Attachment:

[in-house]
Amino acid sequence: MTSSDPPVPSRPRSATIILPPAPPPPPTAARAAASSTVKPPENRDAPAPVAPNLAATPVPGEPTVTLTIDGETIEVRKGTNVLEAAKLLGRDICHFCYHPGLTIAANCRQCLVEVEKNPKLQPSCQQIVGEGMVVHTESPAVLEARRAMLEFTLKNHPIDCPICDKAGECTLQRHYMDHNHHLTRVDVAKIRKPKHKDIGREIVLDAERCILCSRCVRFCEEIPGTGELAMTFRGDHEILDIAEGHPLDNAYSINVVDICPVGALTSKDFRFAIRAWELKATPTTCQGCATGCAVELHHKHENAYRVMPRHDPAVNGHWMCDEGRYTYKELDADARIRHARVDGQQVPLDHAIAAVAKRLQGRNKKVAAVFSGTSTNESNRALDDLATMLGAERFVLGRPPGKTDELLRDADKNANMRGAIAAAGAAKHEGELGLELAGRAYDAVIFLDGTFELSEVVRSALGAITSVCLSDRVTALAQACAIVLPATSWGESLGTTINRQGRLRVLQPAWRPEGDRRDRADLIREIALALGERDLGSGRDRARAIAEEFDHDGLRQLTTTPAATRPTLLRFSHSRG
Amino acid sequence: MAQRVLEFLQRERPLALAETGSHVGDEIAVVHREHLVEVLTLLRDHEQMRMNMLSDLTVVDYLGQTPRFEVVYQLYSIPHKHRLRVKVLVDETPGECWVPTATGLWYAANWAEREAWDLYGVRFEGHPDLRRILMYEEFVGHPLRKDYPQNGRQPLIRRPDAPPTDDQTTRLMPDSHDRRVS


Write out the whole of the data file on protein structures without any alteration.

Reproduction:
[in-house]
Amino acid sequence: MTSSDPPVPSRPRSATIILPPAPPPPPTAARAAASSTVKPPENRDAPAPVAPNLAATPVPGEPTVTLTIDGETIEVRKGTNVLEAAKLLGRDICHFCYHPGLTIAANCRQCLVEVEKNPKLQPSCQQIVGEGMVVHTESPAVLEARRAMLEFTLKNHPIDCPICDKAGECTLQRHYMDHNHHLTRVDVAKIRKPKHKDIGREIVLDAERCILCSRCVRFCEEIPGTGELAMTFRGDHEILDIAEGHPLDNAYSINVVDICPVGALTSKDFRFAIRAWELKATPTTCQGCATGCAVELHHKHENAYRVMPRHDPAVNGHWMCDEGRYTYKELDADARIRHARVDGQQVPLDHAIAAVAKRLQGRNKKVAAVFSGTSTNESNRALDDLATMLGAERFVLGRPPGKTDELLRDADKNANMRGAIAAAGAAKHEGELGLELAGRAYDAVIFLDGTFELSEVVRSALGAITSVCLSDRVTALAQACAIVLPATSWGESLGTTINRQGRLRVLQPAWRPEGDRRDRADLIREIALALGERDLGSGRDRARAIAEEFDHDGLRQLTTTPAATRPTLLRFSHSRG
Amino acid sequence: MAQRVLEFLQRERPLALAETGSHVGDEIAVVHREHLVEVLTLLRDHEQMRMNMLSDLTVVDYLGQTPRFEVVYQLYSIPHKHRLRVKVLVDETPGECWVPTATGLWYAANWAEREAWDLYGVRFEGHPDLRRILMYEEFVGHPLRKDYPQNGRQPLIRRPDAPPTDDQTTRLMPDSHDRRVS